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Fast rising health care costs continues to be one of the important policy issues that has major societal costs in the United States. Electronic Health Record (EHR) adoption is considered as a policy tool to reduce health care costs while simultaneously improving the quality of care; and EHRs are being promoted with substantial public subsidies. The underlying belief behind these policies is that EHR adoption would lower the health care costs and improve the quality of care via improving clinical decisions and care coordination, and reducing medical errors, unnecessary re-admissions, and over-testing. However, EHR systems are also expensive to acquire, implement and maintain, and several hospitals that adopted EHR systems have experienced an increase in their operating costs.

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Setting prices in a constantly changing environment is hard. When you consider the history of shopping, it’s probably true that consumers have never had it easier than they do today. Want to know if that food processor is any good? You can read hundreds of reviews from experts and regular folks alike. Need an item tomorrow that’s sitting in a warehouse across the country? Just choose overnight shipping on the checkout page. Of course, the convenience of online shopping has been good for retailers as well, since the Internet allows businesses to reach much larger audiences.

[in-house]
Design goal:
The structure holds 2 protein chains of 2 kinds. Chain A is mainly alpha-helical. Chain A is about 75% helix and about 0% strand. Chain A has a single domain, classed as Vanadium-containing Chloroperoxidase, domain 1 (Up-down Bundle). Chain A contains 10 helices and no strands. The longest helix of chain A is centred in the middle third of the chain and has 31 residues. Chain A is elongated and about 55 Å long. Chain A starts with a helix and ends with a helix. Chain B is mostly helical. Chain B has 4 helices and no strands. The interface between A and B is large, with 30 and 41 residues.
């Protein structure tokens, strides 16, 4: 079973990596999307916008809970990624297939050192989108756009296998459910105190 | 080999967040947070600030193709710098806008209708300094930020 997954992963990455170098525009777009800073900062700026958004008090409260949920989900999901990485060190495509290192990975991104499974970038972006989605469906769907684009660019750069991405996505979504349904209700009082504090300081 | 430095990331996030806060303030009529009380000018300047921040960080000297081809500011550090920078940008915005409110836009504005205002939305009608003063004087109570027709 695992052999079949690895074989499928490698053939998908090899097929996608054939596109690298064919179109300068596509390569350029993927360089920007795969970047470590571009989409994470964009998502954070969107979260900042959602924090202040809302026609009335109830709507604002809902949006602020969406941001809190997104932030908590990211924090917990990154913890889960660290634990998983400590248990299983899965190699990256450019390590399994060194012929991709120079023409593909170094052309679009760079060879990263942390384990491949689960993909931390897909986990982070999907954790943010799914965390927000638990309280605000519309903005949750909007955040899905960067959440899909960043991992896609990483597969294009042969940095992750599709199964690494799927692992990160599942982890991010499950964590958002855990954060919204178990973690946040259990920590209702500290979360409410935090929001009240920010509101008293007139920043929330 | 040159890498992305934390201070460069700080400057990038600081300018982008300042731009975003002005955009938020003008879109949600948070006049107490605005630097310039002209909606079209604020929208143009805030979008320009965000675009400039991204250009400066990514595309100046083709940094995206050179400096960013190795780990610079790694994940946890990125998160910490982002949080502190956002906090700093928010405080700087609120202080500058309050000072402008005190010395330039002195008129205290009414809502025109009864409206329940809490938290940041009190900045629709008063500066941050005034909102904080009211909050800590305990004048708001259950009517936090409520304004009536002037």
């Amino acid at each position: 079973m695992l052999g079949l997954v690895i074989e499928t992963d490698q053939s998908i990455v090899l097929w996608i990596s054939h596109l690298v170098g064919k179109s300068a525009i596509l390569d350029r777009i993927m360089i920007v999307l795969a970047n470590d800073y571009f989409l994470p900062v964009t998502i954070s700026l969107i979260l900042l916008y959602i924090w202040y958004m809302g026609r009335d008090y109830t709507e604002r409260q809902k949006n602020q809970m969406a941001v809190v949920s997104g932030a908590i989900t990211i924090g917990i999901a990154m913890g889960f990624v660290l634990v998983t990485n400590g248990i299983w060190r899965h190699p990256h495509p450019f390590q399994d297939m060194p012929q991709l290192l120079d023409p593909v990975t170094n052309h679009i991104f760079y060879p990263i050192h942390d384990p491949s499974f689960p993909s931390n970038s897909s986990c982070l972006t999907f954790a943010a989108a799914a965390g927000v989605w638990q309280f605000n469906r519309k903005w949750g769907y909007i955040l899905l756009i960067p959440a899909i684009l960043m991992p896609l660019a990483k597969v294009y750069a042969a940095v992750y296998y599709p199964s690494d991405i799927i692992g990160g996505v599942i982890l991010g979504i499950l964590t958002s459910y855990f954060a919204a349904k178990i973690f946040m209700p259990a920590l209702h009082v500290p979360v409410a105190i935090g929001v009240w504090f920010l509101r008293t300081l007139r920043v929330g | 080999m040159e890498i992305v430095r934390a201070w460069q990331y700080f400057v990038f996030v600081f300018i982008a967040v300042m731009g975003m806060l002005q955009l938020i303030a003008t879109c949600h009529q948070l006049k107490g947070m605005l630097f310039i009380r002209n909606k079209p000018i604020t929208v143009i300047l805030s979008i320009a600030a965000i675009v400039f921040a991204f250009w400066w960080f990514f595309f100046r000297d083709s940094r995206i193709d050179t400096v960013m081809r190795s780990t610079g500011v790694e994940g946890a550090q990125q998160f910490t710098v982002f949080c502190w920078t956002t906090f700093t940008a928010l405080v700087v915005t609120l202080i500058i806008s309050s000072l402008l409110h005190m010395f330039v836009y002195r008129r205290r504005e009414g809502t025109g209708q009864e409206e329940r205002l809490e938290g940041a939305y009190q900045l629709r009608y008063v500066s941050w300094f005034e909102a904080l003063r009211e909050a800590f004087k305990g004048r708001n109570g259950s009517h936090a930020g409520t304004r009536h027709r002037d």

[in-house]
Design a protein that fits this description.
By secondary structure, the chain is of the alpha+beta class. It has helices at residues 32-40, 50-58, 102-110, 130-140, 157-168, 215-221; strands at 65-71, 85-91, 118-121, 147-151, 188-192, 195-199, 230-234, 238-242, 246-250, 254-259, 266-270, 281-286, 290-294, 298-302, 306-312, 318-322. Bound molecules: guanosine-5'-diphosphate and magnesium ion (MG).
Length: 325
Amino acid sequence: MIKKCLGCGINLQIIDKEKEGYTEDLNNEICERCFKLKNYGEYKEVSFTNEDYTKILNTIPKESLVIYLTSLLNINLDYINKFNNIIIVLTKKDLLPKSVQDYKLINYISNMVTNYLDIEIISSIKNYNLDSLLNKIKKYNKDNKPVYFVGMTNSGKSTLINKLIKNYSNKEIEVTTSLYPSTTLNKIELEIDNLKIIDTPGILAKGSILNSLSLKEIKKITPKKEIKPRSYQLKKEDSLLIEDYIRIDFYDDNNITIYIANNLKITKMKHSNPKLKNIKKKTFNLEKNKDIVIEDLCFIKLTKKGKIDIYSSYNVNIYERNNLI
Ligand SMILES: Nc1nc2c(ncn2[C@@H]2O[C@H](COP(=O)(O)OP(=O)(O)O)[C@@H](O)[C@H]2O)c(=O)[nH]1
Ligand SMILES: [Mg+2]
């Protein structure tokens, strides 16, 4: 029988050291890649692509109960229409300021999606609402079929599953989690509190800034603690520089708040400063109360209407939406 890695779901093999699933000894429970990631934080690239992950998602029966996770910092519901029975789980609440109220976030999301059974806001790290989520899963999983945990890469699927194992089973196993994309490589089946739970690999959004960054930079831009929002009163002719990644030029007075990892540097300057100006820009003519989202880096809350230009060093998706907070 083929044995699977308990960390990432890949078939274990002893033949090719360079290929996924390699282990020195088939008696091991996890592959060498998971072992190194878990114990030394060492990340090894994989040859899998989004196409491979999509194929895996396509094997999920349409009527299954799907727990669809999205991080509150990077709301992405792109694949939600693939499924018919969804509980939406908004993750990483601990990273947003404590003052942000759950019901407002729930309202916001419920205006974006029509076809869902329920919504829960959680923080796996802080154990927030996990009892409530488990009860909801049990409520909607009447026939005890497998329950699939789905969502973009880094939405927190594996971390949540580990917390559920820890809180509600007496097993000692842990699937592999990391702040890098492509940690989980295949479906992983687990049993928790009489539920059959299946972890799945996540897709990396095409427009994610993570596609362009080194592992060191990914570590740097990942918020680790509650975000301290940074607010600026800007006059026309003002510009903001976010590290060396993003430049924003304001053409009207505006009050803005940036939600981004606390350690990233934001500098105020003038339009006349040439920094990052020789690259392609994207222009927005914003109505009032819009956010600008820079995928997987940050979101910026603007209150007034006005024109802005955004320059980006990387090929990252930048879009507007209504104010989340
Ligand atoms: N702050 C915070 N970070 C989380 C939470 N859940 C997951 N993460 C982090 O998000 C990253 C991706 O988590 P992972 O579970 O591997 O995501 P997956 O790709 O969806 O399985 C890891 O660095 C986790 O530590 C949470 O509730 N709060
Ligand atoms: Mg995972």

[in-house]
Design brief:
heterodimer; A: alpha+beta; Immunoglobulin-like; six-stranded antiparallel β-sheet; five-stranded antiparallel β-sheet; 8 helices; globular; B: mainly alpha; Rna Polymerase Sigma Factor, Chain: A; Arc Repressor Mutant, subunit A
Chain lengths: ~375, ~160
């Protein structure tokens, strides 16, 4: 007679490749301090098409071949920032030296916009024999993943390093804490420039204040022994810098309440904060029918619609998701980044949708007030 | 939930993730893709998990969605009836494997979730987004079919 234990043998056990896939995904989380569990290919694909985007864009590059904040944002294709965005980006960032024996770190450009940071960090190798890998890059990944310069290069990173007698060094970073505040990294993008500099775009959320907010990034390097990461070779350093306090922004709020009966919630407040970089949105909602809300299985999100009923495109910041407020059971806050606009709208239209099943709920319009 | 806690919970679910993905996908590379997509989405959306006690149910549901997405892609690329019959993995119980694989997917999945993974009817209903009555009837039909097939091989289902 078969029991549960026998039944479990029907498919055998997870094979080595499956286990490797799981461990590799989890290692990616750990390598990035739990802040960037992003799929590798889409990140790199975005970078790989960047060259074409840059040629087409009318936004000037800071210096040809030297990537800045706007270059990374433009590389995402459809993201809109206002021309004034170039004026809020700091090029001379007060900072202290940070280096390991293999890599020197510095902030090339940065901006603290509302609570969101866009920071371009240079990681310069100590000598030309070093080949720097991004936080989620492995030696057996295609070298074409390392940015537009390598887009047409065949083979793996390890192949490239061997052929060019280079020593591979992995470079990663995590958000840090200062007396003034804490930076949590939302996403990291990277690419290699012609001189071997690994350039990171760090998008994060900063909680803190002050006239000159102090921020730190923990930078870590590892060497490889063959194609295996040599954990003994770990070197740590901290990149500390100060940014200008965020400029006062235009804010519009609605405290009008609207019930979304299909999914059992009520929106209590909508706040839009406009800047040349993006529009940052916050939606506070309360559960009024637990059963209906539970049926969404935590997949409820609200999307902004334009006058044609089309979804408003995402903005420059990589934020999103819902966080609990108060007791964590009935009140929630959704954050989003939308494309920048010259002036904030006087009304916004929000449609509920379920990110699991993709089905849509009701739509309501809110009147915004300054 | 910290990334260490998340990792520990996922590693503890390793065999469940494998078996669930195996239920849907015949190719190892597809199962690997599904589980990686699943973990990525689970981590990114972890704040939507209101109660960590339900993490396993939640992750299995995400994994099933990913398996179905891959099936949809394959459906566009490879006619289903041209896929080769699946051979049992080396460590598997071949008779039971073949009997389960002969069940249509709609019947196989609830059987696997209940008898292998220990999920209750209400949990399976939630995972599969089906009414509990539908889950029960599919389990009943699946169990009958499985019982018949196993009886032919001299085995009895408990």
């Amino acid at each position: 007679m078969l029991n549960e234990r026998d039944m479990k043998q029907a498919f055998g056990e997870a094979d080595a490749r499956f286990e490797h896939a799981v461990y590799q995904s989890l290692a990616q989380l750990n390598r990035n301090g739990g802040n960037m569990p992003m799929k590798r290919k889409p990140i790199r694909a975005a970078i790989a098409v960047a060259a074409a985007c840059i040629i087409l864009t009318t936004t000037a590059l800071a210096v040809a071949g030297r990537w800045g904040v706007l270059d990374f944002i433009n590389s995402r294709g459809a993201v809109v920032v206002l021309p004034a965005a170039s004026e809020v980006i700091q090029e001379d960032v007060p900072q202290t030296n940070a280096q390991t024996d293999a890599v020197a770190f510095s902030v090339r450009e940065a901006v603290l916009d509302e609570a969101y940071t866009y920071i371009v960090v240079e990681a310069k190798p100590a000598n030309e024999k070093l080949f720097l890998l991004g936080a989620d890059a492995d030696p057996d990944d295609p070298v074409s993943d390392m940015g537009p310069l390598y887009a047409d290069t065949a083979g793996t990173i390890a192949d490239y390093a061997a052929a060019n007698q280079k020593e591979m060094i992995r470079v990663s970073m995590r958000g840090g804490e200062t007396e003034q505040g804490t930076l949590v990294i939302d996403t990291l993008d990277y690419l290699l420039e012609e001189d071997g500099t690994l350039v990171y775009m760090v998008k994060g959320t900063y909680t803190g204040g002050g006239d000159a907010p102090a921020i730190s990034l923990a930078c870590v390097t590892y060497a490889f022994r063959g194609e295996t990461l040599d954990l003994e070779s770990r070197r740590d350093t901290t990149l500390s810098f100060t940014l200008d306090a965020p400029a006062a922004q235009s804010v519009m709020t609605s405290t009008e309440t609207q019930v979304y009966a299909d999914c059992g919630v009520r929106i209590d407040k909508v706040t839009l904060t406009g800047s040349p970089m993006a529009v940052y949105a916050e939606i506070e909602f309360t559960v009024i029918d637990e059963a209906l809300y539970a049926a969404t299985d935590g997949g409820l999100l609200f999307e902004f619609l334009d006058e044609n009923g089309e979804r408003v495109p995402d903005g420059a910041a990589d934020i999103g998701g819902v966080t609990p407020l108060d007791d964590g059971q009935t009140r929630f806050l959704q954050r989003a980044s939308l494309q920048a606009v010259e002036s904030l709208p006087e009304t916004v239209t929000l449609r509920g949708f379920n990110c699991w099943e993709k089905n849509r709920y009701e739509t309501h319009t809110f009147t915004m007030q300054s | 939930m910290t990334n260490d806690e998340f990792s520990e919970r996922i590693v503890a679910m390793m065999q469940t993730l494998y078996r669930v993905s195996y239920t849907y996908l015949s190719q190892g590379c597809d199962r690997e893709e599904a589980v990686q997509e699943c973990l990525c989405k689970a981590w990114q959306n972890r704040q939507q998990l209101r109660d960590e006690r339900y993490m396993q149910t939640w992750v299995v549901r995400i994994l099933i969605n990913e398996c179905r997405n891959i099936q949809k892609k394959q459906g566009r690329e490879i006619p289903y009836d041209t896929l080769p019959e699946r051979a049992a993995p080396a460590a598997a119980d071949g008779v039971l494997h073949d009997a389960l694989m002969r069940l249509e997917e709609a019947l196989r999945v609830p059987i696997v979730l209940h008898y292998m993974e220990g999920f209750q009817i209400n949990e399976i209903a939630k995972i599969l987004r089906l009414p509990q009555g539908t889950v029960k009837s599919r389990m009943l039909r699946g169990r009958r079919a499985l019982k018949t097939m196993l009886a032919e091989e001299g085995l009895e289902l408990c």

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In 2007 Toyota sold more cars than General Motors. It was the first time since 1930 that GM lost the Number 1 position in the world auto market. Bob Lutz, GM's vice chairman, claimed that "there is absolutely nothing to be gained by being the world's biggest." However, Rick Wagoner, GM's Chairman and CEO, stated that "hanging onto the No. 1 sales ranking is a distinction GM won't give up without a fight". In fact, by means of aggressive (and costly) price cuts GM eventually regained the lead. Lutz lamented that "I tried to tell them [the Board] to say, no, it's not our objective to be No. 1, but they just couldn't do it."

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How do patients choose care in the healthcare market, a service sector that spends almost 18% of the GDP in the United States every year? Knowledge of patient preferences and choice behavior in care seeking—i.e., what patients want—is essential for managing modern healthcare enterprises as the healthcare sector becomes more patient-centered.

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Extensive debate exists among policy makers and economists about the employment of highly skilled immigrants in the United States. One argument is that foreign workers drive down wages and take jobs that would otherwise go to domestic laborers. Another is that U.S. firms seek out foreign workers because they can’t find qualified U.S. citizens for the positions, and that these foreigners bring unique and valuable skills that help U.S. companies compete in the global marketplace. While these issues have been heavily debated, empirical studies examining these questions in a focused setting are limited, principally because of the nonavailability of data.